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British Slave Emancipation$

Green William A.

Print publication date: 1993

Print ISBN-13: 9780198202783

Published to Oxford Scholarship Online: October 2011

DOI: 10.1093/acprof:oso/9780198202783.001.0001

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(p.416) Bibliography

(p.416) Bibliography

British Slave Emancipation
Oxford University Press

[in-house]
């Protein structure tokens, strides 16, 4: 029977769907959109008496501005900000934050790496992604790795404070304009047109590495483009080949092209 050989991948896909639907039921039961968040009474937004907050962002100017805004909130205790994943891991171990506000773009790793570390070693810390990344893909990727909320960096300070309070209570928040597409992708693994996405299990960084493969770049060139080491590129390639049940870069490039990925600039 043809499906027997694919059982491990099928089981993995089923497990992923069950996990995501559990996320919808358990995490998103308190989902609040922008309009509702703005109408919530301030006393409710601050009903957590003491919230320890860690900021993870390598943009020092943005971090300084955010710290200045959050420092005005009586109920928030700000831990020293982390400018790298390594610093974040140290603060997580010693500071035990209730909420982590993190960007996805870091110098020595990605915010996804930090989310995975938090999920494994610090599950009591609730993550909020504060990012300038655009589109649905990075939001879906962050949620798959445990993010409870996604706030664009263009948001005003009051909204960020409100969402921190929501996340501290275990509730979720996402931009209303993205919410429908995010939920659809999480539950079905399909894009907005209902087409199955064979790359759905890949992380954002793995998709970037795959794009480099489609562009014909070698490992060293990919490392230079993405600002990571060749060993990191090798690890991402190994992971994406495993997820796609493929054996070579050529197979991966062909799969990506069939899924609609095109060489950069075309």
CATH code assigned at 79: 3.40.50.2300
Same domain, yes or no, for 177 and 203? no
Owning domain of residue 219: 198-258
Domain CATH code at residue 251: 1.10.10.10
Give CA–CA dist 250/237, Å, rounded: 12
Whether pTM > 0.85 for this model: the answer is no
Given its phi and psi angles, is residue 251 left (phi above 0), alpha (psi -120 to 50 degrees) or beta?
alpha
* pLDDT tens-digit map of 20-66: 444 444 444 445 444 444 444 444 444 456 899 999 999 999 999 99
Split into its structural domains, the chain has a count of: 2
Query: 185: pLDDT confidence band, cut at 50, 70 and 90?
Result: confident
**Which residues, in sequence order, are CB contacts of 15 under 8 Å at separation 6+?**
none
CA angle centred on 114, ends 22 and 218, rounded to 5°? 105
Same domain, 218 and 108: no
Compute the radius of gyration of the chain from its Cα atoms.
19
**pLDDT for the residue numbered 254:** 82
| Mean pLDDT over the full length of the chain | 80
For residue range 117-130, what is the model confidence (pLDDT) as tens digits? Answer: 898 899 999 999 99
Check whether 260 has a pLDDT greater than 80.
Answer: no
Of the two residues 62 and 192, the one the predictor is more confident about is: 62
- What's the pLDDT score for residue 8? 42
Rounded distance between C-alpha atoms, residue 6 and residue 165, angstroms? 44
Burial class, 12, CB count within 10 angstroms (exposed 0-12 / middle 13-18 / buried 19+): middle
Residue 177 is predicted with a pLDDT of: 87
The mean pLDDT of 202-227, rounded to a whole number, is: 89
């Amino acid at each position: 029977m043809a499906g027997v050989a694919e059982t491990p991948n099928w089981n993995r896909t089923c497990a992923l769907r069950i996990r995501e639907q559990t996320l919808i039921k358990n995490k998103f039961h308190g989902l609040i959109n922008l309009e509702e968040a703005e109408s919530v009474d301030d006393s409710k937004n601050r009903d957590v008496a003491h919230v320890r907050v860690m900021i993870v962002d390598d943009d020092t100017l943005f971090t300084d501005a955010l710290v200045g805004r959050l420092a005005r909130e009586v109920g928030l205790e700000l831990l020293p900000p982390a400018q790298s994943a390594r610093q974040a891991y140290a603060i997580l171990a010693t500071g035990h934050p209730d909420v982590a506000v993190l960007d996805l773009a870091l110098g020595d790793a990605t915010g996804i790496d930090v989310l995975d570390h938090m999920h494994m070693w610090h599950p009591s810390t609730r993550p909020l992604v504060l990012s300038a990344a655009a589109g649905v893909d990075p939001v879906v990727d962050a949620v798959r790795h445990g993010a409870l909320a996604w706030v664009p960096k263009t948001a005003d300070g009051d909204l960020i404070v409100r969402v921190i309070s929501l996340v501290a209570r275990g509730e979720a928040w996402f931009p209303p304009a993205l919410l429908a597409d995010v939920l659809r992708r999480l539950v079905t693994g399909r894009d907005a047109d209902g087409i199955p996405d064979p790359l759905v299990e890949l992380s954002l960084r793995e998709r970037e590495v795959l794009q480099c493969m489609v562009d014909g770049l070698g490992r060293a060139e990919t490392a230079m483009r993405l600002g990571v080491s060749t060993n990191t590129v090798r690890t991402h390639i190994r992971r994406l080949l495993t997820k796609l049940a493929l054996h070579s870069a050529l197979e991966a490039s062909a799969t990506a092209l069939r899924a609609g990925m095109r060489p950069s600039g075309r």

THE most extensive bibliography for materials published on the West Indies in the twentieth century is Caribbeana 1900–1965: A Topical Bibliography (Seattle and London, 1968) compiled by Lambros Comitas. Lowell Joseph Ragatz’s A Guide for the Study of British Caribbean History, 1763–1834 (Washington, 1932) is a thorough and invaluable work. Its extensive annotated list of pamphlet literature on the slavery question is, in itself, a remarkable piece of scholarship. Ragatz has also published two lists of Parliamentary Papers on pre-emancipation: A Check List of House of Commons Sessional Papers Relating to the British West Indies and to the West Indian Slave Trade and Slavery, 1763–1834 (London, 1923); A Check List of House of Lords Sessional Papers Relating to the British West Indies and to the West Indian Slave Trade and Slavery, 1763–1834 (London, 1931). For Jamaica, Frank Cundall’s Bibliographia Jamaicensis (Kingston, 1902) is valuable for early writing on the colony. It includes pamphlets, magazine articles, and lists of newspapers and maps. Cundall’s Bibliography of the West Indies (Kingston, 1909) does not list works on Jamaica. Jerome S. Handler’s A Guide to Source Materials for the Study of Barbados History, 1627–1834 (Carbondale, 1971) is an important collection. Also, there is Barbadiana: A List of Works Pertaining to the History of the Island of Barbados: Prepared in the Public Library to Mark the Attainment of Independence (Bridgetown, 1966). The printed catalogues of special libraries provide important lists of West Indian publications. Among them are the Catalogue of the Library of the West India Committee and E. Lewin’s Subject Catalogue of the Royal Empire Society, vol. III. For doctoral dissertations on the West Indies, consult Enid M. Baa’s Theses on Caribbean Topics (Rio Piedras, 1970). A brief statement, ‘Public Records in British West India Islands’, Bulletin of the Institute of Historical Research (1930) was written by Richard Pares. The second volume of the Cambridge History of the British Empire (Cambridge, 1940) offers an extensive list of Parliamentary Papers dealing with the British West India colonies.